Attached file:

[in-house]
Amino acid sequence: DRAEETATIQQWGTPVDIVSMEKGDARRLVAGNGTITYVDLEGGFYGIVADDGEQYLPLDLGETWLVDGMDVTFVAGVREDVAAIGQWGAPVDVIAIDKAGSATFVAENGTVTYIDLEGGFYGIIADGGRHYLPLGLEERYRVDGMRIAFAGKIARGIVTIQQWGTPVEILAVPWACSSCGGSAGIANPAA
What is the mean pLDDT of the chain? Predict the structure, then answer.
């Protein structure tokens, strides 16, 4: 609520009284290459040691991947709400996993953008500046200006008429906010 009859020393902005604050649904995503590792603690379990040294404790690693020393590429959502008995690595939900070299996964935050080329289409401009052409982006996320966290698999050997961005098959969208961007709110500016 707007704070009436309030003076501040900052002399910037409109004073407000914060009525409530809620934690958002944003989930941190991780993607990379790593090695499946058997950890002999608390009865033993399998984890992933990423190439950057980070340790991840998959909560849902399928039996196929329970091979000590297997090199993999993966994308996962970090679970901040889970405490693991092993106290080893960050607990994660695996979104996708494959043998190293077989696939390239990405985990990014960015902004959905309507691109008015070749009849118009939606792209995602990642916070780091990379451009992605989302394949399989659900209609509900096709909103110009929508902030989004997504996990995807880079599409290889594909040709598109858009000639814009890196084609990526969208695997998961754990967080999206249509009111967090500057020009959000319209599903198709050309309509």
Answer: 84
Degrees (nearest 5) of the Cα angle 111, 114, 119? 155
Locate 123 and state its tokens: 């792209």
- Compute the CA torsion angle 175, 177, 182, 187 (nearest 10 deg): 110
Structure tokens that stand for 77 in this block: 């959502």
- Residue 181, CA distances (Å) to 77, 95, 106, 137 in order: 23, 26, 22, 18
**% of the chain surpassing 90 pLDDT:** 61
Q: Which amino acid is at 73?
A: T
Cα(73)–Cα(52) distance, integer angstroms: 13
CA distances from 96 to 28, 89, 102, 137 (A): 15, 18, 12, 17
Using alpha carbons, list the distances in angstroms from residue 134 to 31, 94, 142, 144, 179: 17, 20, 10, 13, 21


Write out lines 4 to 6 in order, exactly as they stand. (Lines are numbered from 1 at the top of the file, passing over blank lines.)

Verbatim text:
């Protein structure tokens, strides 16, 4: 609520009284290459040691991947709400996993953008500046200006008429906010 009859020393902005604050649904995503590792603690379990040294404790690693020393590429959502008995690595939900070299996964935050080329289409401009052409982006996320966290698999050997961005098959969208961007709110500016 707007704070009436309030003076501040900052002399910037409109004073407000914060009525409530809620934690958002944003989930941190991780993607990379790593090695499946058997950890002999608390009865033993399998984890992933990423190439950057980070340790991840998959909560849902399928039996196929329970091979000590297997090199993999993966994308996962970090679970901040889970405490693991092993106290080893960050607990994660695996979104996708494959043998190293077989696939390239990405985990990014960015902004959905309507691109008015070749009849118009939606792209995602990642916070780091990379451009992605989302394949399989659900209609509900096709909103110009929508902030989004997504996990995807880079599409290889594909040709598109858009000639814009890196084609990526969208695997998961754990967080999206249509009111967090500057020009959000319209599903198709050309309509």
Answer: 84
Degrees (nearest 5) of the Cα angle 111, 114, 119? 155